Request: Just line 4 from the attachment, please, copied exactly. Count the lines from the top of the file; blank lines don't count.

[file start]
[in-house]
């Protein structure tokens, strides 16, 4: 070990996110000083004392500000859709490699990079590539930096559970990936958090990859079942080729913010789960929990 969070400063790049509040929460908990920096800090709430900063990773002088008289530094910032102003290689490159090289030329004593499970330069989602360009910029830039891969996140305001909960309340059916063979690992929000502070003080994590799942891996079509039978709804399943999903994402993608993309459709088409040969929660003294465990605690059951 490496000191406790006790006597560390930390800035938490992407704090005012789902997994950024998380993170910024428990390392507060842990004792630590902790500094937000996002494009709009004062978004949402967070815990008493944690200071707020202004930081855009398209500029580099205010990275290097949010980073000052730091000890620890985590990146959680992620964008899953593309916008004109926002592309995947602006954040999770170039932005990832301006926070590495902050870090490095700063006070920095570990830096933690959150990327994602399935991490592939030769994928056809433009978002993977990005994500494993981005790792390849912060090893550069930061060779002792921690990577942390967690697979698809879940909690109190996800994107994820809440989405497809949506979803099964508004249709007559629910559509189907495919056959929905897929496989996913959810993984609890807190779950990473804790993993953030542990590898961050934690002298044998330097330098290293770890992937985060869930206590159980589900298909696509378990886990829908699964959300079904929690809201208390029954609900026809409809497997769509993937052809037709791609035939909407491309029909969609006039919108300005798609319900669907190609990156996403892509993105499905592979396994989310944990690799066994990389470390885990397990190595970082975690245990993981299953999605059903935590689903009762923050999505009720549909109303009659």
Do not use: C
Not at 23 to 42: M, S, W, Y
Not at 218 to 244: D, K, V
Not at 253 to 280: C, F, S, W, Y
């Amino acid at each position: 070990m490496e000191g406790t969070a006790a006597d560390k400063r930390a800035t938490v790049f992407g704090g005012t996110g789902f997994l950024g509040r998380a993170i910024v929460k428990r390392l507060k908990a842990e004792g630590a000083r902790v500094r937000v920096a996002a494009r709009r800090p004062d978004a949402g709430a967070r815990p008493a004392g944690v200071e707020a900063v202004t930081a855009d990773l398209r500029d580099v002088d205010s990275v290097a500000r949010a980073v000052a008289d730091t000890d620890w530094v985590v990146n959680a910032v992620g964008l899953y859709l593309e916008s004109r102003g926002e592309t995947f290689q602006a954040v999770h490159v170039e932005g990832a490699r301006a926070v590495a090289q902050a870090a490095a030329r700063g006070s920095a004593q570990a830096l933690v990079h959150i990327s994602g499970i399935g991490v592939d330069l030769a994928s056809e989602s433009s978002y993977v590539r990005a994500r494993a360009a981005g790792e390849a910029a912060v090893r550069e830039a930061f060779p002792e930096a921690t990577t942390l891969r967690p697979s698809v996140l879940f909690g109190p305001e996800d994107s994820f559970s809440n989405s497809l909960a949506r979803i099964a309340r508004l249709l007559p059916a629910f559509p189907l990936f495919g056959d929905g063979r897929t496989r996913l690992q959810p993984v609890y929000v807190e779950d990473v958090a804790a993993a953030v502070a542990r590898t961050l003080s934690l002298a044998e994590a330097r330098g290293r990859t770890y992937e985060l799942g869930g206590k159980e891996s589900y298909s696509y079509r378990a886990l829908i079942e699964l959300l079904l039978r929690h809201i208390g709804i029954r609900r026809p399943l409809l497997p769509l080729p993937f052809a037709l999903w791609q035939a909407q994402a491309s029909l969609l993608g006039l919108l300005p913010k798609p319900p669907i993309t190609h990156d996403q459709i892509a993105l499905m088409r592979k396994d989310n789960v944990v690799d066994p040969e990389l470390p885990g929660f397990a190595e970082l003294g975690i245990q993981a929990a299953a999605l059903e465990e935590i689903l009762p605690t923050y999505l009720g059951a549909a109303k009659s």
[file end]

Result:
Not at 23 to 42: M, S, W, Y